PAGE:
Sometimes it’s better to be lucky than good. There was certainly an element of luck in the circumstances of the Chiefs’ victory in Buffalo yesterday but the key was that, as they have all year, they made the most of their breaks. Doing so, they rode out a ninth straight win that sent them into their bye week still he last remaining unbeaten team in the league.
There has been a lot of debate about the merits of the Kansas City Chiefs as a 9-0 team, where they stand among teams that have reached that mark before and whether they are worthy of that spot. Well, so long as they keep winning they are worthy of that record, the record only states how many times you have won and how many times you have lost. Being 9-0 doesn’t make the Chiefs the de facto best team in the league; that is up to individual interpretation. As they have done at other times this season, the Chiefs set out as much to let the opposition lose the game as they did to win the game themselves, the offense in particular offered almost no spark to set up the win this week. Will that approach work against the better teams in the league? Probably not, but we’ll get to see whether they have a different approach when they start to face tougher assignments after their bye weeks starting with the much-anticipated Sunday night showdown with the Broncos in Denver immediately out of that bye.
The Bills, on the other hand, slide adrift at the foot of the AFC East and will be desperate to get E.J. Manuel back under center in the near future with their long-term development being stunted by his injury, being forced in his absence to hold station with interim signal callers. They were again competitive and but for a 10-point swing (at least) on Sean Smith’s pick-six they might even have been able to knock the Chiefs from the ranks of the undefeated, the touchdowns gifted to the Chiefs by the Buffalo offense proved to be the difference after all.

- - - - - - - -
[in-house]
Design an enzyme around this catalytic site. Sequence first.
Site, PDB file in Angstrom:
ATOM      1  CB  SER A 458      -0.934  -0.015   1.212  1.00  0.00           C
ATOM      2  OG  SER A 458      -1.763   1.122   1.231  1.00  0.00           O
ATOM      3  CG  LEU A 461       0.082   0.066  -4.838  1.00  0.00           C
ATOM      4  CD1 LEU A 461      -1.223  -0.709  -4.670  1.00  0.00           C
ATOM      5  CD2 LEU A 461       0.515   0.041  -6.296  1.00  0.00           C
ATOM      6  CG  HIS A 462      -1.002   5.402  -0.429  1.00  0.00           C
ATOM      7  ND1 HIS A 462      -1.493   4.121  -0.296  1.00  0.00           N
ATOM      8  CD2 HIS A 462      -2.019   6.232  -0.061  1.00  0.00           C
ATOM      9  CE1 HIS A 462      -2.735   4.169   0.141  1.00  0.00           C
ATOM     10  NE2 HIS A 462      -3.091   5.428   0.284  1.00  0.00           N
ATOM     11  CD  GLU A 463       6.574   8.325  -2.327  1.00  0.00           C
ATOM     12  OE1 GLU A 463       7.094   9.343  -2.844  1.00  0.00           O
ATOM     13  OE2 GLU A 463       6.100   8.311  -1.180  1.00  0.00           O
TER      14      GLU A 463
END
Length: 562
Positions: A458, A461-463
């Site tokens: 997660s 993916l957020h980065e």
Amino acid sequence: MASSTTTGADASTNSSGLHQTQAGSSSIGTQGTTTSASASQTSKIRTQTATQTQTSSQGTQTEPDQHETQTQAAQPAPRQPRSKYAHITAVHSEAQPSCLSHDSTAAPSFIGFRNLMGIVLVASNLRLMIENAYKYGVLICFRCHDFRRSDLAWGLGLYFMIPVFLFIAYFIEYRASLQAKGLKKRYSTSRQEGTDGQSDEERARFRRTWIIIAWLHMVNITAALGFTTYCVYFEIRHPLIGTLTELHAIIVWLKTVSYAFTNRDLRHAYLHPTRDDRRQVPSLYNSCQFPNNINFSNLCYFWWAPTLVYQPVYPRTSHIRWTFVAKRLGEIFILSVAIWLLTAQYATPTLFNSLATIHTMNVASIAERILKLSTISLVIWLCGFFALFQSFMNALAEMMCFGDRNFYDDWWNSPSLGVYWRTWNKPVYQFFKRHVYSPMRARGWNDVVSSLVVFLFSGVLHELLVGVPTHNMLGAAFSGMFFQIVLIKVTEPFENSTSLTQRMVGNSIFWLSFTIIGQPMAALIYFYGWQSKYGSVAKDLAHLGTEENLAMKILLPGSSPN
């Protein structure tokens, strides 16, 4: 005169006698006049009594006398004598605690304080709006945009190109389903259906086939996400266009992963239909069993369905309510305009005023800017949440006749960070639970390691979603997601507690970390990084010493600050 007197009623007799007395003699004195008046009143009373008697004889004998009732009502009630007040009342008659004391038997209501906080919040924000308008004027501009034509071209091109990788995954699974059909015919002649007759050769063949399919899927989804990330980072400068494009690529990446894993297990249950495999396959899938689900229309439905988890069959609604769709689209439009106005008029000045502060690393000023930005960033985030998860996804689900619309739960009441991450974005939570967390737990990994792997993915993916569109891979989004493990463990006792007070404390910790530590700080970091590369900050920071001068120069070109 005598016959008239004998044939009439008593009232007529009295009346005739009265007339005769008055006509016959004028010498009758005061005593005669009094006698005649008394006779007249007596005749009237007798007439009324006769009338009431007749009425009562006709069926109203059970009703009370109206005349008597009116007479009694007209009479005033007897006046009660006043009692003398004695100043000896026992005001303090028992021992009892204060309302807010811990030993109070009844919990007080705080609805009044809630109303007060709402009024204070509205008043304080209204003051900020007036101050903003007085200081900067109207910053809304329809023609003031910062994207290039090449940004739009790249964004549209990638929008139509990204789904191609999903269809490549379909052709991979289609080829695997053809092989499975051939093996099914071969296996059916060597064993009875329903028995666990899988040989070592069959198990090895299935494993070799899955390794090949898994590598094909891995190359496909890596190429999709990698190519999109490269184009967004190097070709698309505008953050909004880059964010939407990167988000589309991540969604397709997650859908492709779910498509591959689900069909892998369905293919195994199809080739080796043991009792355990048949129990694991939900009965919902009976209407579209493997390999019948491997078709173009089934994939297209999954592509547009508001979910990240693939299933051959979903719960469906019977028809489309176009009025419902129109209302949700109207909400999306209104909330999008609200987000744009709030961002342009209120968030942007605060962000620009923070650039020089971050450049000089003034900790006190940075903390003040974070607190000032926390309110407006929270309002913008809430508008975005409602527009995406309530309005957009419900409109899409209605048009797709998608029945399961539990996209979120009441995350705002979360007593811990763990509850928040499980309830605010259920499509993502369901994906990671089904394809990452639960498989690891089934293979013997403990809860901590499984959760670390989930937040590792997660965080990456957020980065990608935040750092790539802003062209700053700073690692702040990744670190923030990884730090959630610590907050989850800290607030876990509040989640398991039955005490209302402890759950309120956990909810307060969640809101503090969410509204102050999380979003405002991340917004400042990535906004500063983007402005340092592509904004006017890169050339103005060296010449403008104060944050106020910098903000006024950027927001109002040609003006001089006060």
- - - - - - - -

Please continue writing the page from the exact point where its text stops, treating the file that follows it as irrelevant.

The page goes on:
Kansas City – Three Performances of Note
Dontari Poe; Workhorse nose tackle
The above phrase isn’t something you think of too often in the NFL anymore, a nose tackle is a two-down player who might only play 20 snaps a game (if that) against certain teams, a dwindling force in a league predicated around sub packages and getting after the quarterback. Well Poe is the exception to the rule who, after notching a season-high 82 snaps (out of 82) yesterday, leads all defensive tackles with 582 snaps, admittedly having played a game more than many defensive tackles due to the Chiefs’ relatively late bye. It wasn’t as if Poe was out there just absorbing snaps and absorbing blocks for the sake of it, either… especially not in the run game.
Though he failed to record a pressure for the first time this season, he notched a career-high six defensive stops which helped him earn his highest run defense grade at +3.8, just edging out a +3.0 against Oakland three weeks ago. This was not a vintage Kansas City defensive performance, we have seen far better from them against the pass this season, but Poe maintained his strong form during his second season, developing into a force but also developing a consistency to defy some of his doubters from the pre-draft process.
Quick Release Keeps Rush in Check